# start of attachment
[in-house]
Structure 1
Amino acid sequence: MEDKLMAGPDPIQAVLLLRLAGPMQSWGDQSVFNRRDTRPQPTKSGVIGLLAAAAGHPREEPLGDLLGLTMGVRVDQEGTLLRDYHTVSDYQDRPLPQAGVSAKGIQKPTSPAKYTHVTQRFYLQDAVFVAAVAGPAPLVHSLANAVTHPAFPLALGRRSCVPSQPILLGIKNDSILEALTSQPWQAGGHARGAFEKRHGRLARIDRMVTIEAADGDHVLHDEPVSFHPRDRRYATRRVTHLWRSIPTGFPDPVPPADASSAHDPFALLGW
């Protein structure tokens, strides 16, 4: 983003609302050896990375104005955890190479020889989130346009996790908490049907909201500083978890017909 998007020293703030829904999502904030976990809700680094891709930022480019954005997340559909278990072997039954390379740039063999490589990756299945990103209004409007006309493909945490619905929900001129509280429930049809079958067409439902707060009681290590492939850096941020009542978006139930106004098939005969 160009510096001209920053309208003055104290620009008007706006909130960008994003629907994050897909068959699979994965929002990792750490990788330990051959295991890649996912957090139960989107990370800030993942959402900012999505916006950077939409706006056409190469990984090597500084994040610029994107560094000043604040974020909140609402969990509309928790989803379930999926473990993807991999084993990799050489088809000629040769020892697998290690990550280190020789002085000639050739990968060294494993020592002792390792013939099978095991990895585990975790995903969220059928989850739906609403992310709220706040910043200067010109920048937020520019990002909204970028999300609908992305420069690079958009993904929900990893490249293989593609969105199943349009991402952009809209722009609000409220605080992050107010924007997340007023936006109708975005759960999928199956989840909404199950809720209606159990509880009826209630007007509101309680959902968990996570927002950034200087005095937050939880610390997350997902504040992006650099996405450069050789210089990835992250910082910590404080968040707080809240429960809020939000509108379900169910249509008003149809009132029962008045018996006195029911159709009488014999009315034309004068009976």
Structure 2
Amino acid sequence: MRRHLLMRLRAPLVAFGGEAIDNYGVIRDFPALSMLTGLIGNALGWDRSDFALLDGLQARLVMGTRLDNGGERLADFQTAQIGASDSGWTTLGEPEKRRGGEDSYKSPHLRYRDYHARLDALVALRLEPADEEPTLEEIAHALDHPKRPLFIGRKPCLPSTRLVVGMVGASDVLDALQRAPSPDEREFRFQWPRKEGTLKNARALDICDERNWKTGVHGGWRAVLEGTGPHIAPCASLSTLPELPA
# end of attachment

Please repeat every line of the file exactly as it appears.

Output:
[in-house]
Structure 1
Amino acid sequence: MEDKLMAGPDPIQAVLLLRLAGPMQSWGDQSVFNRRDTRPQPTKSGVIGLLAAAAGHPREEPLGDLLGLTMGVRVDQEGTLLRDYHTVSDYQDRPLPQAGVSAKGIQKPTSPAKYTHVTQRFYLQDAVFVAAVAGPAPLVHSLANAVTHPAFPLALGRRSCVPSQPILLGIKNDSILEALTSQPWQAGGHARGAFEKRHGRLARIDRMVTIEAADGDHVLHDEPVSFHPRDRRYATRRVTHLWRSIPTGFPDPVPPADASSAHDPFALLGW
């Protein structure tokens, strides 16, 4: 983003609302050896990375104005955890190479020889989130346009996790908490049907909201500083978890017909 998007020293703030829904999502904030976990809700680094891709930022480019954005997340559909278990072997039954390379740039063999490589990756299945990103209004409007006309493909945490619905929900001129509280429930049809079958067409439902707060009681290590492939850096941020009542978006139930106004098939005969 160009510096001209920053309208003055104290620009008007706006909130960008994003629907994050897909068959699979994965929002990792750490990788330990051959295991890649996912957090139960989107990370800030993942959402900012999505916006950077939409706006056409190469990984090597500084994040610029994107560094000043604040974020909140609402969990509309928790989803379930999926473990993807991999084993990799050489088809000629040769020892697998290690990550280190020789002085000639050739990968060294494993020592002792390792013939099978095991990895585990975790995903969220059928989850739906609403992310709220706040910043200067010109920048937020520019990002909204970028999300609908992305420069690079958009993904929900990893490249293989593609969105199943349009991402952009809209722009609000409220605080992050107010924007997340007023936006109708975005759960999928199956989840909404199950809720209606159990509880009826209630007007509101309680959902968990996570927002950034200087005095937050939880610390997350997902504040992006650099996405450069050789210089990835992250910082910590404080968040707080809240429960809020939000509108379900169910249509008003149809009132029962008045018996006195029911159709009488014999009315034309004068009976």
Structure 2
Amino acid sequence: MRRHLLMRLRAPLVAFGGEAIDNYGVIRDFPALSMLTGLIGNALGWDRSDFALLDGLQARLVMGTRLDNGGERLADFQTAQIGASDSGWTTLGEPEKRRGGEDSYKSPHLRYRDYHARLDALVALRLEPADEEPTLEEIAHALDHPKRPLFIGRKPCLPSTRLVVGMVGASDVLDALQRAPSPDEREFRFQWPRKEGTLKNARALDICDERNWKTGVHGGWRAVLEGTGPHIAPCASLSTLPELPA